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Corrective action is ahead for K&G.
Smarting after negative comparable-store sales at the The Men’s Wearhouse Inc.’s off-price unit unexpectedly pulled down the company’s first-quarter profits, Douglas Ewert, MW’s president and chief executive officer, said on the firm’s earnings call that management is “continuing to look at our merchandising and marketing at K&G” but declined to discuss specifics.
That conviction — and reluctance to delve into details — was echoed by George Zimmer, the company’s founder and chairman, who wasn’t scheduled to be part of the call. “I’ve been instructed not to talk in detail, but we understand we need to do something at K&G,” he chimed in as Ewert concluded his response to an analyst’s question. “We have taken the necessary action and will talk about it on our next call.”
The Men’s Wearhouse division met quarterly expectations with a 3.8 percent comp increase, and Moores Canada surpassed them with its 7.1 percent increase. But guidance for the 98-unit K&G had been for a 1 to 2 percent increase and it concluded the first quarter with a 4 percent decline. The division’s men’s business, hampered by poor suit performance, declined 5.7 percent on a same-store basis despite increases of 0.9 and 16.3 percent, respectively, in its smaller women’s and children’s businesses.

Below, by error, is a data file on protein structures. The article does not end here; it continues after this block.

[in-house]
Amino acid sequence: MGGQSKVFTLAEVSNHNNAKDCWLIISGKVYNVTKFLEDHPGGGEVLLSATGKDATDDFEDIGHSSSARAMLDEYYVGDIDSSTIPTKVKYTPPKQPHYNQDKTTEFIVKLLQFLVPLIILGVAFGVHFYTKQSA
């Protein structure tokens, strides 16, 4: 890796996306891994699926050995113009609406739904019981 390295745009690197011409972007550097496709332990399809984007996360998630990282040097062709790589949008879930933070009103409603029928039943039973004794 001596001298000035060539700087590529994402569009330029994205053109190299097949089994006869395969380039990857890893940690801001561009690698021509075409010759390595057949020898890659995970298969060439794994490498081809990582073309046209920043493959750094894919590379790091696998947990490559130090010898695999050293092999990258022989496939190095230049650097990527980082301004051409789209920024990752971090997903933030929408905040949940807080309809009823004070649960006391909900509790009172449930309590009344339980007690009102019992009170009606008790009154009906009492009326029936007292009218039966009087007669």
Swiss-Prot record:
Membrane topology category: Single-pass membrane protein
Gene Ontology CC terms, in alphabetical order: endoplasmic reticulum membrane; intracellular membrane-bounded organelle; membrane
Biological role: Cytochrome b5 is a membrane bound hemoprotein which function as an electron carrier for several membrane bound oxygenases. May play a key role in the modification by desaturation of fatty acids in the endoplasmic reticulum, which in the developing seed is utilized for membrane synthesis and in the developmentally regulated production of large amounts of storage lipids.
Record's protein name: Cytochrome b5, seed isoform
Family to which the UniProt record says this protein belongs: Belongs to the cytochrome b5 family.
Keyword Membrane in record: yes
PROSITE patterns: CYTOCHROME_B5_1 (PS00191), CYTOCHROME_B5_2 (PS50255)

“Our business is trending up sequentially stronger in the second quarter. However, we have more work to do to improve the average unit price at K&G,” Ewert said.
The shortfall at the nation’s largest suit retailer was the second in as many weeks in the men’s specialty sector. Late last month, Jos. A. Bank reported a rare sales and earnings miss of its own as first-quarter profits declined 16.7 percent and same-store sales fell 1 percent despite improvement towards the end of the period.
In the three months ended April 28, the Houston-based men’s specialty retailer’s net income fell 2 percent to $26.9 million from $27.4 million in the prior-year quarter. Earnings per share were 52 cents in both periods. Analysts had expected EPS of 55 cents and the company’s guidance was for EPS of 53 to 54 cents.
Overall revenues were up 1.1 percent to $586.6 million, from $580.3 million. Gross margin rose to 43.4 percent of sales from 42.5 percent in the first quarter of 2011.
Despite the problems at K&G and in the company’s corporate apparel segment, where sales declined 16.4 percent, to $49.9 million, MW’s embrace of the slimmer silhouette, dubbed Modern Fit, remained tight. Ewert said Modern Fit sales increased 32 percent in the quarter, raising its share to 27 percent of its total retail sales.
While the company reaffirmed full-year guidance for EPS of $2.70 to $2.78 a diluted share, its initial second-quarter projection for EPS of $1.12 to $1.13 fell short of Wall Street’s prior estimate of $1.22.
Shares tumbled nearly 20 percent in after-hours trading after closing up 65 cents, or 1.9 percent, to $35.57 earlier Wednesday.